Abstract: Cubic equations in two variables, or elliptic curves, have been in the forefront of number theory since since the time of Fermat. I will focus on the group of rational points, which Mordell proved was finitely generated. I will review the conjecture of Birch and Swinnerton- Dyer, which attempts to predict the rank of this group from the average number of points (\(\mod p\)), and will discuss the progress that has been made on this conjecture to date.
Abstract: Hyperelliptic curves first appeared in work of Abel, who generalized Euler’s addition laws for elliptic integrals. Abel defined their genus \(g\) as the number of integrals of the first kind. Every hyperelliptic curve of genus g has an affine equation of the form \(y^2 = F(x)\), where \(F(x)\) is a separable polynomial of degree \(2g+2\) or \(2g+1\). Abel, Legendre, Jacobi, and Riemann studied these curves over the real and complex numbers. In this talk, I will focus on curves defined over the rational numbers, and will study the set of their rational solutions. Faltings proved that when the genus \(g\) is at least \(2\), this set is finite. Using ideas of Bhargava, one can now show that it is usually empty.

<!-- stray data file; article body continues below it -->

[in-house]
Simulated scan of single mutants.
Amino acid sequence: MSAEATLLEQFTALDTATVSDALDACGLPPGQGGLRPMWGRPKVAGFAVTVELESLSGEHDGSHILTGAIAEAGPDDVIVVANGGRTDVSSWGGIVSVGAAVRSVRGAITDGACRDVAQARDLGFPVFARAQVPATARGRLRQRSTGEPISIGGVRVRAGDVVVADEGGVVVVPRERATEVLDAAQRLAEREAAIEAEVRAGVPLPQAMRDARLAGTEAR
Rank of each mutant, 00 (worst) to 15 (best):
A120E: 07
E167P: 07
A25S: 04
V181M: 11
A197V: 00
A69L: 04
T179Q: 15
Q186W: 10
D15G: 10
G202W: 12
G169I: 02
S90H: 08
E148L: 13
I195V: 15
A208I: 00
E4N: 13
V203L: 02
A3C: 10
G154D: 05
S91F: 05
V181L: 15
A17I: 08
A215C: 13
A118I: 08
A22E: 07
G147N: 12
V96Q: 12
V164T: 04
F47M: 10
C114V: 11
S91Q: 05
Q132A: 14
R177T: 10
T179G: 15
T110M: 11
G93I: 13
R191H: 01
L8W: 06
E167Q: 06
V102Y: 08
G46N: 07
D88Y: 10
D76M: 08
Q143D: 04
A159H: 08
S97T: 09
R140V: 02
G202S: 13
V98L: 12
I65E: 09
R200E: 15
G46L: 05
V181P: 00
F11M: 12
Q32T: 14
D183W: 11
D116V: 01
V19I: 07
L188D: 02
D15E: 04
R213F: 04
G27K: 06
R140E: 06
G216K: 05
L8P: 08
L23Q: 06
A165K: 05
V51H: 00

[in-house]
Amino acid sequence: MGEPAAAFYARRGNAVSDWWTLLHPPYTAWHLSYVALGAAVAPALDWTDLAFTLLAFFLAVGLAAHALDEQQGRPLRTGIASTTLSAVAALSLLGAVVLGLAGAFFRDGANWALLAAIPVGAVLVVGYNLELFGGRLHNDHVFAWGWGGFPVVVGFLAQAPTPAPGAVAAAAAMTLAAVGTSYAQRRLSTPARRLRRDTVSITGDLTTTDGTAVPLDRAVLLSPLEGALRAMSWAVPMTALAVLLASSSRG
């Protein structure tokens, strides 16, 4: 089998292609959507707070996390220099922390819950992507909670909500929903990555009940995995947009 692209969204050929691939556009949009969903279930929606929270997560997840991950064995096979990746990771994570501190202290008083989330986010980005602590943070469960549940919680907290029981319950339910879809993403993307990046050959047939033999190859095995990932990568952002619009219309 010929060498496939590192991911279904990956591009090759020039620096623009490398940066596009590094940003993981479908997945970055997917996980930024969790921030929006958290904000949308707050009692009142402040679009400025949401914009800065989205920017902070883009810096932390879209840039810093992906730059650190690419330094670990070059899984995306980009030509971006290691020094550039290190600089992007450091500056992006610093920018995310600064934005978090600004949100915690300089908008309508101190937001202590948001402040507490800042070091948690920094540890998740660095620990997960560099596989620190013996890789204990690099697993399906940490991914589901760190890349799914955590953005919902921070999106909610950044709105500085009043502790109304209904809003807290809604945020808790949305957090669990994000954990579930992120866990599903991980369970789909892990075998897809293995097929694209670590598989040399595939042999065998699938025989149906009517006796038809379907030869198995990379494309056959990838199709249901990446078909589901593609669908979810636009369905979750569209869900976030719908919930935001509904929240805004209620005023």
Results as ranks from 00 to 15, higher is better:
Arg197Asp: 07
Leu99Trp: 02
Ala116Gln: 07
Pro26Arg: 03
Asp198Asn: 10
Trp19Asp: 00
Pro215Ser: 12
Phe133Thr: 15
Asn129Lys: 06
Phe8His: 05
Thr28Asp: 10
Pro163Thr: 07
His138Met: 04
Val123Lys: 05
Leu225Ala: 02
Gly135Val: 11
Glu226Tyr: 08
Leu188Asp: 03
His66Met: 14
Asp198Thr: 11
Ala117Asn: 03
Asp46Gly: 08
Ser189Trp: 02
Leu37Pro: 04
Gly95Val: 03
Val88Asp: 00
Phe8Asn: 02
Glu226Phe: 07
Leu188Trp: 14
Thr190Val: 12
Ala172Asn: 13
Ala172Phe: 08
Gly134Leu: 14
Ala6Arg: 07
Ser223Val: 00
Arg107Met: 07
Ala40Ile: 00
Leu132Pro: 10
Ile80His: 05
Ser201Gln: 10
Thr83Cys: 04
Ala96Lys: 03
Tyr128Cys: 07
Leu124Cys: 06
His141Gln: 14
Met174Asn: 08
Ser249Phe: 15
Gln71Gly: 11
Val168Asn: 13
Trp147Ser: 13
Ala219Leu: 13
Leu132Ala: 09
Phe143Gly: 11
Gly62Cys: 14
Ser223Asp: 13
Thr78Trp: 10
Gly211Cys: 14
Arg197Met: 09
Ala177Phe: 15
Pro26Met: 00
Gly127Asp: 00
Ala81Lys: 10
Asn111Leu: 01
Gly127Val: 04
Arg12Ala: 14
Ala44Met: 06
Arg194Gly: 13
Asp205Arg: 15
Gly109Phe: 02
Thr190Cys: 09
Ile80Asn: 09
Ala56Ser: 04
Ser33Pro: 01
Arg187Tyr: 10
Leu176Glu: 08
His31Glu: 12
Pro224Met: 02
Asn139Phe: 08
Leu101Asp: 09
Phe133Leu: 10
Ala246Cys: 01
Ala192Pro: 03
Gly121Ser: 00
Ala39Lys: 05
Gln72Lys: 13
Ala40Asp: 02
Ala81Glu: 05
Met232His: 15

Abstract: In this talk, we will briefly review the theory of complex multiplication and define certain special points, called Heegner points, on the modular curves \(X_0(N)\). Following Birch, we will consider the divisor classes supported on these points in the Jacobian, and will discuss methods that can be used to show that these classes are non-trivial. We will end with applications to the conjecture of Birch and Swinnerton-Dyer for elliptic curves over the rational numbers.
Virginia Mathematics Lectures archive